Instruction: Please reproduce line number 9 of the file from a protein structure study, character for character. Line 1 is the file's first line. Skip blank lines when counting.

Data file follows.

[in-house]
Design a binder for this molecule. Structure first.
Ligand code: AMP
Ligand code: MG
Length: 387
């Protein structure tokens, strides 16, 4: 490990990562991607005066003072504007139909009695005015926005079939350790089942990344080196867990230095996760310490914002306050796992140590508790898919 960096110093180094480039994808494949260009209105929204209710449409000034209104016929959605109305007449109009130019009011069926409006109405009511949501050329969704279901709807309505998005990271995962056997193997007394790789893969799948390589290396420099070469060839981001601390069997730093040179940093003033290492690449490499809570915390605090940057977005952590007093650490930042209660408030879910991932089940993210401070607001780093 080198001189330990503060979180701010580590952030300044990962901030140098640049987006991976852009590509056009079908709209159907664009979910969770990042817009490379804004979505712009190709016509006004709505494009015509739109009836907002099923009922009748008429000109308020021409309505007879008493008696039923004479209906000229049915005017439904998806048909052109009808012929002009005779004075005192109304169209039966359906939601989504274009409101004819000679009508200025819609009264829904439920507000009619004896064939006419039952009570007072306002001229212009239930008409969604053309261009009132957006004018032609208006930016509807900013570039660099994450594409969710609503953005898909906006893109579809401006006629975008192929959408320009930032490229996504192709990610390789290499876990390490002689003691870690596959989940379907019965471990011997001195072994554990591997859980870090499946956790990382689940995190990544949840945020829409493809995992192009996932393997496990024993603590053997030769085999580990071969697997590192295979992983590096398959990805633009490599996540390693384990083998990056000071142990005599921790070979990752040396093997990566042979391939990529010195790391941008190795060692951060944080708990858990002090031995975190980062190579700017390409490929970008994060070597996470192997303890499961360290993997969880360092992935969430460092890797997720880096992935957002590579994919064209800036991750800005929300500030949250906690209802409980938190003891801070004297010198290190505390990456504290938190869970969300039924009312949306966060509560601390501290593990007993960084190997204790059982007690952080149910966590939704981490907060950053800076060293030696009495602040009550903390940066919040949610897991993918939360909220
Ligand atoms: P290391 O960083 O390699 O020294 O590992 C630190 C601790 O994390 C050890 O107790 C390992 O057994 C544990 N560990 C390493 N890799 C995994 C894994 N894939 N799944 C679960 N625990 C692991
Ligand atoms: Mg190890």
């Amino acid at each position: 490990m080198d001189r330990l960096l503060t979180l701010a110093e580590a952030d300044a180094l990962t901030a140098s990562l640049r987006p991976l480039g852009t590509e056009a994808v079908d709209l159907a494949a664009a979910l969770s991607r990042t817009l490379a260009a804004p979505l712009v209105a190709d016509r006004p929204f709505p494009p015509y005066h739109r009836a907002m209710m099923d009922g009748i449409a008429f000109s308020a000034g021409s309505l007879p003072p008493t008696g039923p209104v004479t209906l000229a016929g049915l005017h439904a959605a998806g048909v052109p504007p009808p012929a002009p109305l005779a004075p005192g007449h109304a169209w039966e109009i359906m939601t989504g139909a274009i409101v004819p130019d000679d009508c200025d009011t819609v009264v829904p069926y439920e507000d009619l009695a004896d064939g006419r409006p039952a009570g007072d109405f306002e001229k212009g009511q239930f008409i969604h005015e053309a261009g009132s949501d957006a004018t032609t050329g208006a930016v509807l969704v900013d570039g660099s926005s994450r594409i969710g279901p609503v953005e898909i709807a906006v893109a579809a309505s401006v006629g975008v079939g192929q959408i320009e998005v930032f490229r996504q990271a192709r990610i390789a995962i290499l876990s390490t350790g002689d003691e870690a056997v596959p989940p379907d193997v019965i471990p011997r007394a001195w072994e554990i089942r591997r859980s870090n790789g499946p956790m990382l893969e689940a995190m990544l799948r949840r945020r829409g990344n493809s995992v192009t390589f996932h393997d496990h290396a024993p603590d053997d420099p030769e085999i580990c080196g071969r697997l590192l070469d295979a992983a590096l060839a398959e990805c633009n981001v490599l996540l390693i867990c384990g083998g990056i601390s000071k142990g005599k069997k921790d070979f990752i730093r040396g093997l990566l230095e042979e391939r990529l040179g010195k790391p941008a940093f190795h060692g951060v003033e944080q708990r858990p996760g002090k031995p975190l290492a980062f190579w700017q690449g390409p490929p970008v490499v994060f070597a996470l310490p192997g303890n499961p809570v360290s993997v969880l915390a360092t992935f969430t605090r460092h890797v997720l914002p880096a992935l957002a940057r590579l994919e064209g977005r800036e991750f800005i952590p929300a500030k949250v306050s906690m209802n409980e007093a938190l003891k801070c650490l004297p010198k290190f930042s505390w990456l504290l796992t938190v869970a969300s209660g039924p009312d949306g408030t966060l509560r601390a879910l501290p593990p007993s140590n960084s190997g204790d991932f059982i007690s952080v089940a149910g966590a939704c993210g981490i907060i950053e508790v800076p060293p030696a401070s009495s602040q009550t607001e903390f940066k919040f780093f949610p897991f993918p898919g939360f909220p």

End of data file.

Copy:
């Amino acid at each position: 490990m080198d001189r330990l960096l503060t979180l701010a110093e580590a952030d300044a180094l990962t901030a140098s990562l640049r987006p991976l480039g852009t590509e056009a994808v079908d709209l159907a494949a664009a979910l969770s991607r990042t817009l490379a260009a804004p979505l712009v209105a190709d016509r006004p929204f709505p494009p015509y005066h739109r009836a907002m209710m099923d009922g009748i449409a008429f000109s308020a000034g021409s309505l007879p003072p008493t008696g039923p209104v004479t209906l000229a016929g049915l005017h439904a959605a998806g048909v052109p504007p009808p012929a002009p109305l005779a004075p005192g007449h109304a169209w039966e109009i359906m939601t989504g139909a274009i409101v004819p130019d000679d009508c200025d009011t819609v009264v829904p069926y439920e507000d009619l009695a004896d064939g006419r409006p039952a009570g007072d109405f306002e001229k212009g009511q239930f008409i969604h005015e053309a261009g009132s949501d957006a004018t032609t050329g208006a930016v509807l969704v900013d570039g660099s926005s994450r594409i969710g279901p609503v953005e898909i709807a906006v893109a579809a309505s401006v006629g975008v079939g192929q959408i320009e998005v930032f490229r996504q990271a192709r990610i390789a995962i290499l876990s390490t350790g002689d003691e870690a056997v596959p989940p379907d193997v019965i471990p011997r007394a001195w072994e554990i089942r591997r859980s870090n790789g499946p956790m990382l893969e689940a995190m990544l799948r949840r945020r829409g990344n493809s995992v192009t390589f996932h393997d496990h290396a024993p603590d053997d420099p030769e085999i580990c080196g071969r697997l590192l070469d295979a992983a590096l060839a398959e990805c633009n981001v490599l996540l390693i867990c384990g083998g990056i601390s000071k142990g005599k069997k921790d070979f990752i730093r040396g093997l990566l230095e042979e391939r990529l040179g010195k790391p941008a940093f190795h060692g951060v003033e944080q708990r858990p996760g002090k031995p975190l290492a980062f190579w700017q690449g390409p490929p970008v490499v994060f070597a996470l310490p192997g303890n499961p809570v360290s993997v969880l915390a360092t992935f969430t605090r460092h890797v997720l914002p880096a992935l957002a940057r590579l994919e064209g977005r800036e991750f800005i952590p929300a500030k949250v306050s906690m209802n409980e007093a938190l003891k801070c650490l004297p010198k290190f930042s505390w990456l504290l796992t938190v869970a969300s209660g039924p009312d949306g408030t966060l509560r601390a879910l501290p593990p007993s140590n960084s190997g204790d991932f059982i007690s952080v089940a149910g966590a939704c993210g981490i907060i950053e508790v800076p060293p030696a401070s009495s602040q009550t607001e903390f940066k919040f780093f949610p897991f993918p898919g939360f909220p």